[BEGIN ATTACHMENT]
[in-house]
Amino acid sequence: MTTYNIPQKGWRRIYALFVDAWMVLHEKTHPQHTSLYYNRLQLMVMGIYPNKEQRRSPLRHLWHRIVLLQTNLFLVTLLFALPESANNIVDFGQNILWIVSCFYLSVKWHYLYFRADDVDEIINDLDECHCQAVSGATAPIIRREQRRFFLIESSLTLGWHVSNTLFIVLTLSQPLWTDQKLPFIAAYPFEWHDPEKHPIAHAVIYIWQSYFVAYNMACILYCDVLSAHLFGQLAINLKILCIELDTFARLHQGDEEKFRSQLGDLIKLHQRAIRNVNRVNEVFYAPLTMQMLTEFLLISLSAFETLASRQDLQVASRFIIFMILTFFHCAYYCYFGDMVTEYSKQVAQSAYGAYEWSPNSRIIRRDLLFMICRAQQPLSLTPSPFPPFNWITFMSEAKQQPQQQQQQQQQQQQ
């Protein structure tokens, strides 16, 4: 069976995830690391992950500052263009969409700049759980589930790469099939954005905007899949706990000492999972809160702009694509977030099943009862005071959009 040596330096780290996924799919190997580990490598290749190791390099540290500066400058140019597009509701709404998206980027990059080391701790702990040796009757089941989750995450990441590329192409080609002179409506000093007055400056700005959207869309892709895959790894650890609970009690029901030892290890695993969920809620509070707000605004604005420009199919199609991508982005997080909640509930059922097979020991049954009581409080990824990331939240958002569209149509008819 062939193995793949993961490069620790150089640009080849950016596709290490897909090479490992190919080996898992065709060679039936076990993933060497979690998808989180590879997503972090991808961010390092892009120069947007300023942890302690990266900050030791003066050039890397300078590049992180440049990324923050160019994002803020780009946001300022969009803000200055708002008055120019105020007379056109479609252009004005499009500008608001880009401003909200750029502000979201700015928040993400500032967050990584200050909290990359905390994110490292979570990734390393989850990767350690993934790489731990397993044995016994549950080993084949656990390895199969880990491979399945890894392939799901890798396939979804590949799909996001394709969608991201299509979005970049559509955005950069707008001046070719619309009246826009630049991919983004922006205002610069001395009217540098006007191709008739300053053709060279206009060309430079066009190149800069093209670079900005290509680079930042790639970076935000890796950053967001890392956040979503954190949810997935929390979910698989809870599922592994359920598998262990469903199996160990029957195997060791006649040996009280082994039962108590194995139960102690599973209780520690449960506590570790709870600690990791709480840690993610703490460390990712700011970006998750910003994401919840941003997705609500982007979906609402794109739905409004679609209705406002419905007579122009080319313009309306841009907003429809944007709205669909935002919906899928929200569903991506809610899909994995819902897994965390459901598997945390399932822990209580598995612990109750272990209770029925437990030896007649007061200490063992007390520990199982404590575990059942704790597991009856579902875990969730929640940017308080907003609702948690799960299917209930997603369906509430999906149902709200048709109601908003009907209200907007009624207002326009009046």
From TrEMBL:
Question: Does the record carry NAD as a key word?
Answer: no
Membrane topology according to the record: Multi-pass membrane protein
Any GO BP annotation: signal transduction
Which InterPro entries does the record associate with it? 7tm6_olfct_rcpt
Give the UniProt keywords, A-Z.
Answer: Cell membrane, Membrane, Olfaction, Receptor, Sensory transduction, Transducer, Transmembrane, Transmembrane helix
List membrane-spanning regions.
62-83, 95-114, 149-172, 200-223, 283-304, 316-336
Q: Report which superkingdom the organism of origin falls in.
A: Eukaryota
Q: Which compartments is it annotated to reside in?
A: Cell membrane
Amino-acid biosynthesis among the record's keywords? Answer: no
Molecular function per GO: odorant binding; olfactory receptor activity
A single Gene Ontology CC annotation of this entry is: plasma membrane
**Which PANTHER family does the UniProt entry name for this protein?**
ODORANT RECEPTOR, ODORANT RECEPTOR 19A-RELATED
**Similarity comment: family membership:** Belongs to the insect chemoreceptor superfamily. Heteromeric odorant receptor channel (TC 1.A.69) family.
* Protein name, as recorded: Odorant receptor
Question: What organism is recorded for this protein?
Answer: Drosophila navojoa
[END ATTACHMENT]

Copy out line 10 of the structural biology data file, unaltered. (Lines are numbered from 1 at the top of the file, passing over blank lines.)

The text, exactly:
Give the UniProt keywords, A-Z.